This Is Reno asked these questions of the school district. The district responded, “The proposed changes to WCSD Board Policy 4500 are consistent with United States Supreme Court law, and the Washoe County School District is not attempting to infringe upon the rights of any employee to speak or otherwise communicate freely.”
In regard to the policy for the reporting of grievances, the district said it has been in place for some time. The district, it said, “asks that employees who have concerns or questions about any workplace issue should approach their immediate supervisor to discuss these issues so they may be addressed appropriately.”
District employees vs. private citizens
This is not the only language in the proposed rewrites that appears to suggest a muzzling of employees should the policy updates be accepted. The following seems to similarly suggest the news media and social media would become off limits as outlets for teachers: “If employees identify themselves as a District employee while engaging in the speech, the employees are not speaking as private citizens.”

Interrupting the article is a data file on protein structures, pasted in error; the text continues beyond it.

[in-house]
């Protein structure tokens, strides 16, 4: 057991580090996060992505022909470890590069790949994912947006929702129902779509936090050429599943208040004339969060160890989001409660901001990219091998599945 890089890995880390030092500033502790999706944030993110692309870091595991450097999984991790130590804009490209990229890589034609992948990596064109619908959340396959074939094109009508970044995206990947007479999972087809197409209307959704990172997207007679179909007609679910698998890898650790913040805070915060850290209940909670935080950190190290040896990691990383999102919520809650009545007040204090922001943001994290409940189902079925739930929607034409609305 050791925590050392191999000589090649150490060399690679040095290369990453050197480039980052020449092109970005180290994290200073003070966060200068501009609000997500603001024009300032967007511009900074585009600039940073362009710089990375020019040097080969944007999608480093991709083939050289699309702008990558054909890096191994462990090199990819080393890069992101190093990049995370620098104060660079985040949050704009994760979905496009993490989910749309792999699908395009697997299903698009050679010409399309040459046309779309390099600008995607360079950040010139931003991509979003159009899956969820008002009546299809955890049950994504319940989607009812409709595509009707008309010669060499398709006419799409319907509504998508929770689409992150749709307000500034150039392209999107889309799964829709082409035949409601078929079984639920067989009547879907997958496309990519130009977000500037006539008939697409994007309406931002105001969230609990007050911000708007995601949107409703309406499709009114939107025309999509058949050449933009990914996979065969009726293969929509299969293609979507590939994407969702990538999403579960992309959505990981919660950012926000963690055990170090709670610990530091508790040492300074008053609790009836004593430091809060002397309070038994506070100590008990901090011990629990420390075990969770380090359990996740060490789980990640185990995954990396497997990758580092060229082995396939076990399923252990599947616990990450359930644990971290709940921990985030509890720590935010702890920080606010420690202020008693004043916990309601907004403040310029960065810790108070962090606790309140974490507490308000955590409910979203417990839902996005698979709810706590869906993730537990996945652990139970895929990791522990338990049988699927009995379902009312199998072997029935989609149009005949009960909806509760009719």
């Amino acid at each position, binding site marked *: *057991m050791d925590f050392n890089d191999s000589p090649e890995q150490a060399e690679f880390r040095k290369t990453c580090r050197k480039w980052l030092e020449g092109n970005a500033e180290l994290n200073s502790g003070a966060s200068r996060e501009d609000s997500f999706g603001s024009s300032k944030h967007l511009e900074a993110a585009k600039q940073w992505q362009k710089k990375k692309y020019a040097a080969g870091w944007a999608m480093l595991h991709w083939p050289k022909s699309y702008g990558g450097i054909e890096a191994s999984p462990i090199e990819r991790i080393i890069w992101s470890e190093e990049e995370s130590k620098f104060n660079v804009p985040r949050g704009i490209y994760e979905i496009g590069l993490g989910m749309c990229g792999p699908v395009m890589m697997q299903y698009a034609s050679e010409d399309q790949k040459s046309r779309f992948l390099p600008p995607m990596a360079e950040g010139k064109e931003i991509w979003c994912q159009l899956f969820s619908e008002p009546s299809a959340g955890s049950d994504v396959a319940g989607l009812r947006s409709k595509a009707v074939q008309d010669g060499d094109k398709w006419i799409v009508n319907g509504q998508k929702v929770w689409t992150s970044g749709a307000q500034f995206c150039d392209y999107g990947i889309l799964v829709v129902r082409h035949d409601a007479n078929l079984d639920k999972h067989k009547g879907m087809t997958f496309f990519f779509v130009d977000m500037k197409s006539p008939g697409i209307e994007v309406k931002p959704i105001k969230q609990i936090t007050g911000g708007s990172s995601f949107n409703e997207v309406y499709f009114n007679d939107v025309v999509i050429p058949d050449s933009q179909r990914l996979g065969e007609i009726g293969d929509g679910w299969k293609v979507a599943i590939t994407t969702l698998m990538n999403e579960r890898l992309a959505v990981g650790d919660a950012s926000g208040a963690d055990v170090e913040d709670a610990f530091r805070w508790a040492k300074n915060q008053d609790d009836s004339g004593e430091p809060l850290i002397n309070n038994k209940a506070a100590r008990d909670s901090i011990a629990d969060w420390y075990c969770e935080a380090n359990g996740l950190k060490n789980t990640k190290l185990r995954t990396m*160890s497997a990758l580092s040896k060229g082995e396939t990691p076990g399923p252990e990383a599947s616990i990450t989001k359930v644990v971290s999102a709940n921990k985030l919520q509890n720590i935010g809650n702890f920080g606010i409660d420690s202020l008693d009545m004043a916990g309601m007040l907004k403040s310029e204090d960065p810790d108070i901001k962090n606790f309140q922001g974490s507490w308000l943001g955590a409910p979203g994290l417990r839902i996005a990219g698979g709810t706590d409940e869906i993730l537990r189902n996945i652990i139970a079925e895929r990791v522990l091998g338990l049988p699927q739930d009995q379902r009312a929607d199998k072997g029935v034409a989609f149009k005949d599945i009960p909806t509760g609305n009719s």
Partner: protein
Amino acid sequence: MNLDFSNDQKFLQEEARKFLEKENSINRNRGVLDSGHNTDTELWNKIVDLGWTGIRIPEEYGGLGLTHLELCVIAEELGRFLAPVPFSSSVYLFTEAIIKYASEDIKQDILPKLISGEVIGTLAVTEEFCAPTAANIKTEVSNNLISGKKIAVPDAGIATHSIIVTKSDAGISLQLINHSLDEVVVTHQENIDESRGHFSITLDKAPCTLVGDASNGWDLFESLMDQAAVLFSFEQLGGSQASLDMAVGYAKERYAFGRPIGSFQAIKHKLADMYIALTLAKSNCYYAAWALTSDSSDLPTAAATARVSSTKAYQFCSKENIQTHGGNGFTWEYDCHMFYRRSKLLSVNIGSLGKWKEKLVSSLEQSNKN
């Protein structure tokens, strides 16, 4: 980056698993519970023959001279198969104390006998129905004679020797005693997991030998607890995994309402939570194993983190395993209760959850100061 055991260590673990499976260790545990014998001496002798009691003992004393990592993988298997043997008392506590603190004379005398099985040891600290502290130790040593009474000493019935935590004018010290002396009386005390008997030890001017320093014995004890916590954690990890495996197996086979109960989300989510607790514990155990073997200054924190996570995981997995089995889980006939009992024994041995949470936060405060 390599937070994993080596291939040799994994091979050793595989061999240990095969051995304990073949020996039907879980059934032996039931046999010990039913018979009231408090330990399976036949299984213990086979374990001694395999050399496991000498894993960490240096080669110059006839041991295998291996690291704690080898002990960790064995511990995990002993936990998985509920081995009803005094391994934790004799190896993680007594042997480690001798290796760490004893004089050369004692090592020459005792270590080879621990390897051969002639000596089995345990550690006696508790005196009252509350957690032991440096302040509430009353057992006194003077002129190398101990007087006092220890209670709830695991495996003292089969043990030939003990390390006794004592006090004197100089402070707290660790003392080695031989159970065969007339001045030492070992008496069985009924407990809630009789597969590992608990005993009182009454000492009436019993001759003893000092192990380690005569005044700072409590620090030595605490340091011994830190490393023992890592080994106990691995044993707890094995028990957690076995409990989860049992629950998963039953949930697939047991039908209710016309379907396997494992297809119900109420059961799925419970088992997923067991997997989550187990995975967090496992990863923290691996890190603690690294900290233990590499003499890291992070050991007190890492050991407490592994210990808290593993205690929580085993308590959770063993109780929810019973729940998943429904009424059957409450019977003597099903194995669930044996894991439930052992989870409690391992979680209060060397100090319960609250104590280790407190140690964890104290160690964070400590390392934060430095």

One part of the policy takes direct aim at social media—something teachers have been using throughout the pandemic through Facebook groups like Empower Nevada Teachers: “Personal social network and social media accounts must be kept separate from work-related accounts and District identifiers to preserve the status of private citizen.”
Bob Fulkerson of Progressive Leadership Alliance of Nevada took note of the proposed policy rewrites, saying, “Over the past year, teachers have been outspoken at Trustee meetings, in online forums, and in the press on issues related to COVID, racism, and other items that directly impact their lives and their students’ lives. If this policy is aimed at stopping that kind of participation and free speech, it is blatantly authoritarian and must be stopped.”